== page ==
The Cadets and GH history of sexual abuse (news article)


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19 minutes ago, FlamMan said:

Good point. Seems like there should be a statute of limitations for accusations like this.

The fact that it often takes victims so long to come forward, because this kind of misbehavior makes victims feel like they rather than the offender have done something wrong, actually means that statutes of limitation should be longer.

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My wife and I attended Cadets brass camp yesterday. Had some good conversations with some people on the inside of things. Many involved with the corps right now are taking positive steps to help the C

As I try to fight back tears, since my students are in the room right now as I read all this, all I can say right now is...  Thank God for DCP.  Reading here and seeing this conversation tak

I felt nauseated reading this.  Fear for the activity, this needs to be exposed and dealt with not just at Cadets but everywhere, but I’m so scared it’s going to overwhelm the whole activity.  Sadness

9 minutes ago, flugelswerebugels said:

Don't be blinded by the sunlight as you exit your cave.

Was this a well known dirty little secret that GH was forcing himself on cadet members?

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25 minutes ago, geluf said:

That entire board has to go.  Immediately.  Alumni are all well and good, but who has the power to oust the board?  Honestly asking.

The person who gave his resignation to the board had that power.

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9 hours ago, garfield said:

There was a considerable push on these boards and FB months back to DEMAND that DCI take a central role in establishing Best Practice rules for all corps in the activity, and this is exactly why I argued (much to the consternation of some even on this thread) that such a tactic would do more harm than good.  Despite protestations by some here that I was being insensitive to the victims and "...of COURSE..." DCI should develop a central policy, the opposite is actually the correct path -- DCI should have a policy for the employees and interns it hires and then it should throw its hands up and claim NO RESPONSIBILITY for the actions or policies, "best" or otherwise, of the individual corps.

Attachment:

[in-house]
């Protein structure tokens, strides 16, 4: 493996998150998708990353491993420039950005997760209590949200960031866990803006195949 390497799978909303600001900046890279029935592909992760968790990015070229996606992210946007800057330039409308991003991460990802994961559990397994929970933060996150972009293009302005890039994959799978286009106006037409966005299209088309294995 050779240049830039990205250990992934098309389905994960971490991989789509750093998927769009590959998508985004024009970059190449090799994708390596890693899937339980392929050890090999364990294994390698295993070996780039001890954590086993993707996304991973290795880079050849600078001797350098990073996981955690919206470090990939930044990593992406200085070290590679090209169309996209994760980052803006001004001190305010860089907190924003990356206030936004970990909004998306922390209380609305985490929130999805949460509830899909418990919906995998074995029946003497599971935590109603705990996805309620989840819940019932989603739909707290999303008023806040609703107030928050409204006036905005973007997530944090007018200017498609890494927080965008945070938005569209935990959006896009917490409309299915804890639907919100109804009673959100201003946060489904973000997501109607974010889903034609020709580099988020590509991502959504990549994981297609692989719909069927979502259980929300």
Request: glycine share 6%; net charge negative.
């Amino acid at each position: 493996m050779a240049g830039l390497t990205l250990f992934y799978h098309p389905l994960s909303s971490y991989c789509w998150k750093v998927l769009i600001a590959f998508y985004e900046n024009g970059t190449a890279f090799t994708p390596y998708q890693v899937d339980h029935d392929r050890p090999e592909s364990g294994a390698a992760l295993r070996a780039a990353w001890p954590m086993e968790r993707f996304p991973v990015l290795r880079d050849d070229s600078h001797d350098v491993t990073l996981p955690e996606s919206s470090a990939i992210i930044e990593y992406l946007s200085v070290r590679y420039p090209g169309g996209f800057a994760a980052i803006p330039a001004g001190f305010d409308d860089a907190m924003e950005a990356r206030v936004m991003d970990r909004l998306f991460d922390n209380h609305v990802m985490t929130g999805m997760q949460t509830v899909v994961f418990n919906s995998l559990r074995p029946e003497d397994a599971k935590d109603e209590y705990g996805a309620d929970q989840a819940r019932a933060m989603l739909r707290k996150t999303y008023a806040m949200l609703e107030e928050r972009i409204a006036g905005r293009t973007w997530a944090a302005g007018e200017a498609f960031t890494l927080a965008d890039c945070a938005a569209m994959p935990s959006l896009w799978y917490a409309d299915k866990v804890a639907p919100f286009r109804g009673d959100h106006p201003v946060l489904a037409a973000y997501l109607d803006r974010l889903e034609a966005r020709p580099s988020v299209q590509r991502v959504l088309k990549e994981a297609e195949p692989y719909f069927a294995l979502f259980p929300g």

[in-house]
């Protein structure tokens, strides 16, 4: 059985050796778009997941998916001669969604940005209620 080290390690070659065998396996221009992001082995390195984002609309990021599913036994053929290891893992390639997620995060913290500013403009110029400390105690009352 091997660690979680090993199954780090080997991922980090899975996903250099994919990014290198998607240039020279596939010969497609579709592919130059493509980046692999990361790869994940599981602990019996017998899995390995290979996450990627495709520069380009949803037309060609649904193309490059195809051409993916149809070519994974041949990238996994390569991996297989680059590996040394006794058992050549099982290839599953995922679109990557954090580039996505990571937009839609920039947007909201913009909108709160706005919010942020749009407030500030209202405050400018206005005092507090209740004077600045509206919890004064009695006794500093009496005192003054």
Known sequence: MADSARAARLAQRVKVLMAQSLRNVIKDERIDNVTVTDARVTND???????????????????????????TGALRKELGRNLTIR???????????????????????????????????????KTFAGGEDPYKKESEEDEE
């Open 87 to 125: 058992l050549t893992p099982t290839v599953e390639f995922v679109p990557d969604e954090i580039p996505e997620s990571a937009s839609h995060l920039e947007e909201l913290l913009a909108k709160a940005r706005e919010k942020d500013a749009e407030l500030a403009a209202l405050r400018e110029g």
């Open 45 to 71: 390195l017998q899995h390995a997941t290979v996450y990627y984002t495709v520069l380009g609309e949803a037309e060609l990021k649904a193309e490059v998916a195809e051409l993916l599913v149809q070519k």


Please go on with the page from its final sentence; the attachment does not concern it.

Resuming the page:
If DCI has a central policy, then Hopkins' escapades would land in Indianapolis and cover all the corps and the activity with his stink.  With no central policy to hang liability on, each corps stands on its own and has a chance to not be covered in Hopkins' excrement.

When passions run high on sensitive subjects, it's often hard to think rationally with an unbiased and unjaundest viewpoint.

Now would be a good time to start recognizing and practicing that idea no matter one's viewpoint of the man or the accusations.

Now as then, I understand what you're saying and appreciate the thoughtfulness, but I disagree. As the Inquirer article notes:

"Saying that it was previously unaware of the allegations against Hopkins, DCI also said it would "conduct its own internal review to determine whether any current members of our staff were aware of these allegations and failed to report them." And now DCI has issued a statement. And other corps are individually issuing statements.

It's just not possible to completely isolate DCI from the member corps like that. Obviously DCI does not have the wherewithal to implement in every corps all the policies I wrote earlier that every organization must have:

"What organizations need to do is emphasize again and again and again that all such behavior will not be tolerated, and all members, staff, volunteers and board must be made fully aware of who to contact if they are the recipient of unwanted behavior (including some outside agency if the allegation concerns a board member), that all allegations will be thoroughly investigated, that the consequences for someone determined to have harassed an employee include termination, and that there will be no retaliation against someone for reporting bad behavior. And there should be annual harassment training."